The value and challenges of hydroponic farming might not be obvious to those of you in the west (I live in Singapore).
First, the local vegetable market is dominated by Malaysian and Chinese imports. Both of these countries have questionable laws limiting the use of pesticides and fertilizers. I have no doubt that their products are grown unsustainably. Most people wash Chinese vegetables with soap
for fear of the chemicals that may remain on them.
Those imported vegetables are incredibly cheap locally. Its possible to get all the food you need for a stir fry for a small family (with meat) at a local wet market for just a few dollars. But, as I said above, the safety of that food is dubious. Singaporeans are now rich enough (average income second only to Japan in Asia) to expect a better quality of food.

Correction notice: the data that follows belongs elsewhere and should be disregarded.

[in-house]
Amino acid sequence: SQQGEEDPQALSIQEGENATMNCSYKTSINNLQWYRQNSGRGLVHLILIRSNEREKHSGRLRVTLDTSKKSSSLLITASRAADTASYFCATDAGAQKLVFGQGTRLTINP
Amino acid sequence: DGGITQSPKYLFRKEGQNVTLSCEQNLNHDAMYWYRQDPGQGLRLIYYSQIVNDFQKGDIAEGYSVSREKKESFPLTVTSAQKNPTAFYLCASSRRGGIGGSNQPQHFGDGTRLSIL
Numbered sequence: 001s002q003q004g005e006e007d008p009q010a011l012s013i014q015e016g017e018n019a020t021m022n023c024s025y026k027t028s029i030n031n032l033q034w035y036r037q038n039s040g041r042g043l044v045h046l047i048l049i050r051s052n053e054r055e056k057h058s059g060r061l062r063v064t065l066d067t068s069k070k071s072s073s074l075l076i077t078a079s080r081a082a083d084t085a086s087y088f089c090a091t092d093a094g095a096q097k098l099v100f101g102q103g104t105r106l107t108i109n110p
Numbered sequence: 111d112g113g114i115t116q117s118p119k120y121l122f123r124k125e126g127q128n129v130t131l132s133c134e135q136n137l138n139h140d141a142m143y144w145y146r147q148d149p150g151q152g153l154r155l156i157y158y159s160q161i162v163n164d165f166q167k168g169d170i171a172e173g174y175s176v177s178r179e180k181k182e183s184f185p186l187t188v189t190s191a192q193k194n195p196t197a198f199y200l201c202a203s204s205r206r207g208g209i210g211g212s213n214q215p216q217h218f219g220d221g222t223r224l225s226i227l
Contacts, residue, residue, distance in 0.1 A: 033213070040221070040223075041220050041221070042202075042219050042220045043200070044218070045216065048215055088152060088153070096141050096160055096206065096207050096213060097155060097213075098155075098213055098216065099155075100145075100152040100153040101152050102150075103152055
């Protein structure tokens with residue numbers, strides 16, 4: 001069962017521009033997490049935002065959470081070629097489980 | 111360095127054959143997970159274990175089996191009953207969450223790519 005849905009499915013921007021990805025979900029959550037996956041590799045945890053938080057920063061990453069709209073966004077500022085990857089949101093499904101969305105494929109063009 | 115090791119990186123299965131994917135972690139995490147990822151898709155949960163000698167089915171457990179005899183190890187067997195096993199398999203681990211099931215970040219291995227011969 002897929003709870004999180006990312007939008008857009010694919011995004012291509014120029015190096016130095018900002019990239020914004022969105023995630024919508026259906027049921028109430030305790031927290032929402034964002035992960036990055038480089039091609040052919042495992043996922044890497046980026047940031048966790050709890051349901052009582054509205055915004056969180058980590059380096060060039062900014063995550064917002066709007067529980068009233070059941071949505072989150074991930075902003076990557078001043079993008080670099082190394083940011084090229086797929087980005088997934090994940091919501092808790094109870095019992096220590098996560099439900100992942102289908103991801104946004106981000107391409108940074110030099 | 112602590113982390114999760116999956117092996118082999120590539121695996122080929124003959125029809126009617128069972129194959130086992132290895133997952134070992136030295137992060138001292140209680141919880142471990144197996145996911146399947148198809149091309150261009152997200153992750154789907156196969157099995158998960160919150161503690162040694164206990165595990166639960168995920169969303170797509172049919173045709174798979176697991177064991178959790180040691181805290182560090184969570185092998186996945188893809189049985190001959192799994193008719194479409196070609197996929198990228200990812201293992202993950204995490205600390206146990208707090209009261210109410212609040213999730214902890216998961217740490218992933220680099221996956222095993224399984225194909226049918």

The one vegetable that we simply cannot get in quality is the tomato. Most are flown here under ripe so they do not crush in transit. Of course the carbon footprint of those tomatoes must be massive. The higher quality ones come from Japan, but apparently were shipped frozen. Tomatoes are mushy, mealy, and never taste like a proper tomato picked in southern Europe's late summer. Sky green's web page
shows they are only tackling non-flowering vegetables (greens). This is probably because they are not able to farm the bees needed for tomato pollination. I've never seen a bee in Singapore and don't know what the concerns are of raising honey bees on the island.
Just a few thoughts from an American in Singapore...